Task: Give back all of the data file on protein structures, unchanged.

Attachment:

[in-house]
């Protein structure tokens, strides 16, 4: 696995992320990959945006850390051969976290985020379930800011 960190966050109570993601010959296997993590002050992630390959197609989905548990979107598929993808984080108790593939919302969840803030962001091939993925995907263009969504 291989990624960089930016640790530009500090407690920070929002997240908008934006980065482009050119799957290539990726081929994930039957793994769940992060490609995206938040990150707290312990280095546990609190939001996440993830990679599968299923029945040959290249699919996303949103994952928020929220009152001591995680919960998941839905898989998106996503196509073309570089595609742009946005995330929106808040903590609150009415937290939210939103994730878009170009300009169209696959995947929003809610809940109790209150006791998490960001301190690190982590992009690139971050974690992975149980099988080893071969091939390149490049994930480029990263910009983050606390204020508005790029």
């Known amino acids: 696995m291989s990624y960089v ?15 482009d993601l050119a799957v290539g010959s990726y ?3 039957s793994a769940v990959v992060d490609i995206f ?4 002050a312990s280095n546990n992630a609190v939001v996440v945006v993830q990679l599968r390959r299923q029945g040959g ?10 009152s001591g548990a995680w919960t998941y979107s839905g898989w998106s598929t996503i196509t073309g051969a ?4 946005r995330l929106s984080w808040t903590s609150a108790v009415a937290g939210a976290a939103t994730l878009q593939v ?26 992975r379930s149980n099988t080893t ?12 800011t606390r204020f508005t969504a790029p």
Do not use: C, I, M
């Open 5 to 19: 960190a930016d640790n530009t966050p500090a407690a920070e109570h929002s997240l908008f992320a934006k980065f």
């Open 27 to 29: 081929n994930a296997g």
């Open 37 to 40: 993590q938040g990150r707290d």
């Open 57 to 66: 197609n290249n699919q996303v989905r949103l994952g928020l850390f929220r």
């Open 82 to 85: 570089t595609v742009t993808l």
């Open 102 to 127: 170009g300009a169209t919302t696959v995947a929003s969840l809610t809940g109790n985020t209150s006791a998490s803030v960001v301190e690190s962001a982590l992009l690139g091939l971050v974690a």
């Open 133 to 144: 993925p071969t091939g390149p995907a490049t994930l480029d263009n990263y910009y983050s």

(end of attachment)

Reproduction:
[in-house]
């Protein structure tokens, strides 16, 4: 696995992320990959945006850390051969976290985020379930800011 960190966050109570993601010959296997993590002050992630390959197609989905548990979107598929993808984080108790593939919302969840803030962001091939993925995907263009969504 291989990624960089930016640790530009500090407690920070929002997240908008934006980065482009050119799957290539990726081929994930039957793994769940992060490609995206938040990150707290312990280095546990609190939001996440993830990679599968299923029945040959290249699919996303949103994952928020929220009152001591995680919960998941839905898989998106996503196509073309570089595609742009946005995330929106808040903590609150009415937290939210939103994730878009170009300009169209696959995947929003809610809940109790209150006791998490960001301190690190982590992009690139971050974690992975149980099988080893071969091939390149490049994930480029990263910009983050606390204020508005790029």
């Known amino acids: 696995m291989s990624y960089v ?15 482009d993601l050119a799957v290539g010959s990726y ?3 039957s793994a769940v990959v992060d490609i995206f ?4 002050a312990s280095n546990n992630a609190v939001v996440v945006v993830q990679l599968r390959r299923q029945g040959g ?10 009152s001591g548990a995680w919960t998941y979107s839905g898989w998106s598929t996503i196509t073309g051969a ?4 946005r995330l929106s984080w808040t903590s609150a108790v009415a937290g939210a976290a939103t994730l878009q593939v ?26 992975r379930s149980n099988t080893t ?12 800011t606390r204020f508005t969504a790029p």
Do not use: C, I, M
């Open 5 to 19: 960190a930016d640790n530009t966050p500090a407690a920070e109570h929002s997240l908008f992320a934006k980065f």
């Open 27 to 29: 081929n994930a296997g």
């Open 37 to 40: 993590q938040g990150r707290d």
């Open 57 to 66: 197609n290249n699919q996303v989905r949103l994952g928020l850390f929220r």
């Open 82 to 85: 570089t595609v742009t993808l």
């Open 102 to 127: 170009g300009a169209t919302t696959v995947a929003s969840l809610t809940g109790n985020t209150s006791a998490s803030v960001v301190e690190s962001a982590l992009l690139g091939l971050v974690a």
């Open 133 to 144: 993925p071969t091939g390149p995907a490049t994930l480029d263009n990263y910009y983050s």